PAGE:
I typically carry iodine tablets with me in the wild because it is common for my water filters to become clogged with debris. Sometimes I can fix them, and sometimes I cannot. If it rains, fire can be a problem as well. This leaves plan C. A vial of iodine tablets can purify about 25 bottles of water and will easily fit in any pocket. Just drop two in a bottle of water, shake it up a few minutes later, and you can drink in 30 minutes. You can use bleach to accomplish the same thing, but I prefer not to pack liquid chemicals-plus you have to be careful to make sure that your measurements are correct, or you could end up poisoning yourself.
If none of the previously mentioned methods can be performed, you still have a few steps you can take. None of these purification methods are ideal, but they are much better than doing nothing or not hydrating. You can layer gravel, sand, and charcoal in a bottle to make your own water filter. Just tie some cloth over the opening at the bottom to remove debris. You can set clear water out in the sun in plastic bottles for six or more hours to kill most pathogens with UV light. You can also dig a proximity well next to a body of water and hope that the earth will filter out most of the pathogens.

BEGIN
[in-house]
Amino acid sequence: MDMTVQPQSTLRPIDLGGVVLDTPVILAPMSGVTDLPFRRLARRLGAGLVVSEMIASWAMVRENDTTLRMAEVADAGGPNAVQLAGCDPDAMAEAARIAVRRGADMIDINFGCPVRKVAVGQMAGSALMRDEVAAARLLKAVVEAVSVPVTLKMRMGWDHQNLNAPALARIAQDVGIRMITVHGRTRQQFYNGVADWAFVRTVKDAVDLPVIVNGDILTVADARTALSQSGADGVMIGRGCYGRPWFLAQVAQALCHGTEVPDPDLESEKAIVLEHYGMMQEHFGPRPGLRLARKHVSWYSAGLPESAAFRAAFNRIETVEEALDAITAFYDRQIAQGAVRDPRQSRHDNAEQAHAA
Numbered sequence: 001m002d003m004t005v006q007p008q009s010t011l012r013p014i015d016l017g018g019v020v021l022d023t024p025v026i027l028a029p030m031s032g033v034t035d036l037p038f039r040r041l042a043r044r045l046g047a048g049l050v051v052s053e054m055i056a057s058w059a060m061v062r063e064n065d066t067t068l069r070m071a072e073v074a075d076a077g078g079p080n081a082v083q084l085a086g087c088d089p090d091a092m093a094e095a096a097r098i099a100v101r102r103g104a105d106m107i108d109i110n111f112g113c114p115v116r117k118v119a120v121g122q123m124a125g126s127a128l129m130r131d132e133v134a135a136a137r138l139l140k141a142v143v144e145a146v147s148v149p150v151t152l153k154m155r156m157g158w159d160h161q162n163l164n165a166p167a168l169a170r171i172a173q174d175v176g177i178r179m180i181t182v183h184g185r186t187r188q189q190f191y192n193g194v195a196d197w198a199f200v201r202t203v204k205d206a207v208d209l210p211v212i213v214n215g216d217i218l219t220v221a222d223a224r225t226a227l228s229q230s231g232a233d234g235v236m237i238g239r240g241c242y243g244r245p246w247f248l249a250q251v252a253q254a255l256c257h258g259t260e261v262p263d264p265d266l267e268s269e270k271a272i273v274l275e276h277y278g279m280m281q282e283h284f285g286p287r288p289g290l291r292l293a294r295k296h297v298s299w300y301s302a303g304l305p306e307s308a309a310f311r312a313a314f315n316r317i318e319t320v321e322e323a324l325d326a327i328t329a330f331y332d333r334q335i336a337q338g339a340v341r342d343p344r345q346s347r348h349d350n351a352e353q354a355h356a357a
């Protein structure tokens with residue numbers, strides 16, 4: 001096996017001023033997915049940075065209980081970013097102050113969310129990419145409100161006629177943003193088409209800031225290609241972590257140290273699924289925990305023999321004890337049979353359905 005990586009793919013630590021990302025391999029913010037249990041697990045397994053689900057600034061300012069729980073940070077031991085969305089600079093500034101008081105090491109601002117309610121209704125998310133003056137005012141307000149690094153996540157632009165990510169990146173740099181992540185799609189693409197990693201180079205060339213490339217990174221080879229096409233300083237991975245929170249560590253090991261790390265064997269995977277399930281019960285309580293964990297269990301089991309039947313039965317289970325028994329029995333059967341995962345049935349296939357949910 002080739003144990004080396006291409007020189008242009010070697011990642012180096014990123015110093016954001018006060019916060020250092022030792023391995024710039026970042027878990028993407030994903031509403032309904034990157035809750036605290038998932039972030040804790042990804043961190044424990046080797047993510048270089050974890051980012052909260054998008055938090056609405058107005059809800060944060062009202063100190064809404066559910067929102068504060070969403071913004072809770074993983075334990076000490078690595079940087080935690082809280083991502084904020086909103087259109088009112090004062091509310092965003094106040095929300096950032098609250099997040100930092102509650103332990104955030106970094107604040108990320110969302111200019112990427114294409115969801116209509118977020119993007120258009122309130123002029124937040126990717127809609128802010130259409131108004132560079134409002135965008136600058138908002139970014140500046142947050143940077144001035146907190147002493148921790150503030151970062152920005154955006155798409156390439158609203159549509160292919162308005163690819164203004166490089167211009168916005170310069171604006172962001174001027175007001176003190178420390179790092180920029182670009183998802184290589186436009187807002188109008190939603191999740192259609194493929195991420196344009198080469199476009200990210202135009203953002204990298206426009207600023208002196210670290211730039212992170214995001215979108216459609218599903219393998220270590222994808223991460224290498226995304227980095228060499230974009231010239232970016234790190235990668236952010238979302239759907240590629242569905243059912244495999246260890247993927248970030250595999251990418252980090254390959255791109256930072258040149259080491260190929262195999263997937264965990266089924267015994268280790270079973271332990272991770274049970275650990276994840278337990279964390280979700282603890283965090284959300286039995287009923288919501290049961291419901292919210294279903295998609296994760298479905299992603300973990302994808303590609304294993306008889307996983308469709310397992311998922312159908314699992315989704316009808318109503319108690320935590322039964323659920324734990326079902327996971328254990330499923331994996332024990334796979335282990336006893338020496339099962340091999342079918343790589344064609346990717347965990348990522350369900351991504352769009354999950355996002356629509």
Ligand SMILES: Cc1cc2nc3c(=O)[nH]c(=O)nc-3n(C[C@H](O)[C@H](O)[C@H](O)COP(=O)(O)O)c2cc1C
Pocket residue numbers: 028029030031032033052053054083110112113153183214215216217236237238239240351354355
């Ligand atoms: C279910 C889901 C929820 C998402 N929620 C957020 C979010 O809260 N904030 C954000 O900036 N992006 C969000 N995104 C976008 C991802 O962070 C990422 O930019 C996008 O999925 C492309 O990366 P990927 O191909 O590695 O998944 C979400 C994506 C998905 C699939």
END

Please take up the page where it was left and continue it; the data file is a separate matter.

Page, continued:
As you can see, hydration is something to take seriously. If you or someone in your group becomes dehydrated, you could end up in a wilderness survival scenario instead of a fishing trip. If you see signs of serious dehydration, try to call for help. Sometimes an IV of fluids is the only way to bring someone back. If this is not possible, sip lukewarm water in the shade and put a wet cloth around your neck. Hopefully, this discussion will help you stay hydrated throughout your whole trip.
Water Purification Is Important But Must Be Approached Carefully
Please note that these are basic tips and advice regarding water purification. Please follow all local regulations and understand the affects that various chemical treatments can have on your health. Water purification isn’t something you can afford to get wrong.
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You can find out a TON of great information about backpacking trips in Michigan from Jim DuFresne’s classic book, Backpacking In Michigan (You can find it here) (Yes, it’s a classic).